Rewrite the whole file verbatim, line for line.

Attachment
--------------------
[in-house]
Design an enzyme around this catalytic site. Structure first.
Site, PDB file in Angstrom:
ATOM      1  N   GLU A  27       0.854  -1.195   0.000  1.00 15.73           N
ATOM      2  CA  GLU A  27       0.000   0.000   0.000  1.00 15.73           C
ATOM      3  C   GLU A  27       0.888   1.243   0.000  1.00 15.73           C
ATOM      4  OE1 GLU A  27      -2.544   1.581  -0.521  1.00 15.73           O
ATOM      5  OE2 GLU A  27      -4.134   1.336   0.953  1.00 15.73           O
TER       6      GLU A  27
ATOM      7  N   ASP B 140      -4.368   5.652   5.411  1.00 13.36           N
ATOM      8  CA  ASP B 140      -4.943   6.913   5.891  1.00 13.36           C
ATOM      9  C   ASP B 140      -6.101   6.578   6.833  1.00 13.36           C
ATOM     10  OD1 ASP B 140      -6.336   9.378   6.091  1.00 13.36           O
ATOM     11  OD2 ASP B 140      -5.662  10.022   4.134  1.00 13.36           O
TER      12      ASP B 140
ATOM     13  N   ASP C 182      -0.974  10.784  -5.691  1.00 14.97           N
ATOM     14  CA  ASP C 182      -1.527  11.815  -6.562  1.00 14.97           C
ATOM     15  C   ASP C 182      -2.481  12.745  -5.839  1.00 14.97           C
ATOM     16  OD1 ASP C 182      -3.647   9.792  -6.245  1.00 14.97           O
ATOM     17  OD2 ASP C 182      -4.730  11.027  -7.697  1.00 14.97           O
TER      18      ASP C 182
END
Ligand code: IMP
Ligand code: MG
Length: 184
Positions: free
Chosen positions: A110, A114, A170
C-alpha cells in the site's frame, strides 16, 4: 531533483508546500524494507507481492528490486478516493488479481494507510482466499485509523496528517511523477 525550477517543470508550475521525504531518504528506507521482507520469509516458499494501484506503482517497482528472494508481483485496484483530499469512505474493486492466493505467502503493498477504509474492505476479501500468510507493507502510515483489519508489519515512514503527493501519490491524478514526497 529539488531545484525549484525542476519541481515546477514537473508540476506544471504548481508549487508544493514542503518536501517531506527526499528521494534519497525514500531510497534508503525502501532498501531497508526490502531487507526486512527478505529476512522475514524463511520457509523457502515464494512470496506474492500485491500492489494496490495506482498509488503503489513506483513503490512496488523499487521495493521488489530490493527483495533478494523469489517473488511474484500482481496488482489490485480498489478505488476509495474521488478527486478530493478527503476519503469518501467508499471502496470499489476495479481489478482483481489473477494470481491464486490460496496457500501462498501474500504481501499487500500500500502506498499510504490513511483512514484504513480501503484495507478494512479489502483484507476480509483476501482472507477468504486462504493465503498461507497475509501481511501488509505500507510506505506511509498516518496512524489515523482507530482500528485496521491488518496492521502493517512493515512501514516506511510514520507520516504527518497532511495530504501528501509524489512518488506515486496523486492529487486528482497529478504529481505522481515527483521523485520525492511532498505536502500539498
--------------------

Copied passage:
[in-house]
Design an enzyme around this catalytic site. Structure first.
Site, PDB file in Angstrom:
ATOM      1  N   GLU A  27       0.854  -1.195   0.000  1.00 15.73           N
ATOM      2  CA  GLU A  27       0.000   0.000   0.000  1.00 15.73           C
ATOM      3  C   GLU A  27       0.888   1.243   0.000  1.00 15.73           C
ATOM      4  OE1 GLU A  27      -2.544   1.581  -0.521  1.00 15.73           O
ATOM      5  OE2 GLU A  27      -4.134   1.336   0.953  1.00 15.73           O
TER       6      GLU A  27
ATOM      7  N   ASP B 140      -4.368   5.652   5.411  1.00 13.36           N
ATOM      8  CA  ASP B 140      -4.943   6.913   5.891  1.00 13.36           C
ATOM      9  C   ASP B 140      -6.101   6.578   6.833  1.00 13.36           C
ATOM     10  OD1 ASP B 140      -6.336   9.378   6.091  1.00 13.36           O
ATOM     11  OD2 ASP B 140      -5.662  10.022   4.134  1.00 13.36           O
TER      12      ASP B 140
ATOM     13  N   ASP C 182      -0.974  10.784  -5.691  1.00 14.97           N
ATOM     14  CA  ASP C 182      -1.527  11.815  -6.562  1.00 14.97           C
ATOM     15  C   ASP C 182      -2.481  12.745  -5.839  1.00 14.97           C
ATOM     16  OD1 ASP C 182      -3.647   9.792  -6.245  1.00 14.97           O
ATOM     17  OD2 ASP C 182      -4.730  11.027  -7.697  1.00 14.97           O
TER      18      ASP C 182
END
Ligand code: IMP
Ligand code: MG
Length: 184
Positions: free
Chosen positions: A110, A114, A170
C-alpha cells in the site's frame, strides 16, 4: 531533483508546500524494507507481492528490486478516493488479481494507510482466499485509523496528517511523477 525550477517543470508550475521525504531518504528506507521482507520469509516458499494501484506503482517497482528472494508481483485496484483530499469512505474493486492466493505467502503493498477504509474492505476479501500468510507493507502510515483489519508489519515512514503527493501519490491524478514526497 529539488531545484525549484525542476519541481515546477514537473508540476506544471504548481508549487508544493514542503518536501517531506527526499528521494534519497525514500531510497534508503525502501532498501531497508526490502531487507526486512527478505529476512522475514524463511520457509523457502515464494512470496506474492500485491500492489494496490495506482498509488503503489513506483513503490512496488523499487521495493521488489530490493527483495533478494523469489517473488511474484500482481496488482489490485480498489478505488476509495474521488478527486478530493478527503476519503469518501467508499471502496470499489476495479481489478482483481489473477494470481491464486490460496496457500501462498501474500504481501499487500500500500502506498499510504490513511483512514484504513480501503484495507478494512479489502483484507476480509483476501482472507477468504486462504493465503498461507497475509501481511501488509505500507510506505506511509498516518496512524489515523482507530482500528485496521491488518496492521502493517512493515512501514516506511510514520507520516504527518497532511495530504501528501509524489512518488506515486496523486492529487486528482497529478504529481505522481515527483521523485520525492511532498505536502500539498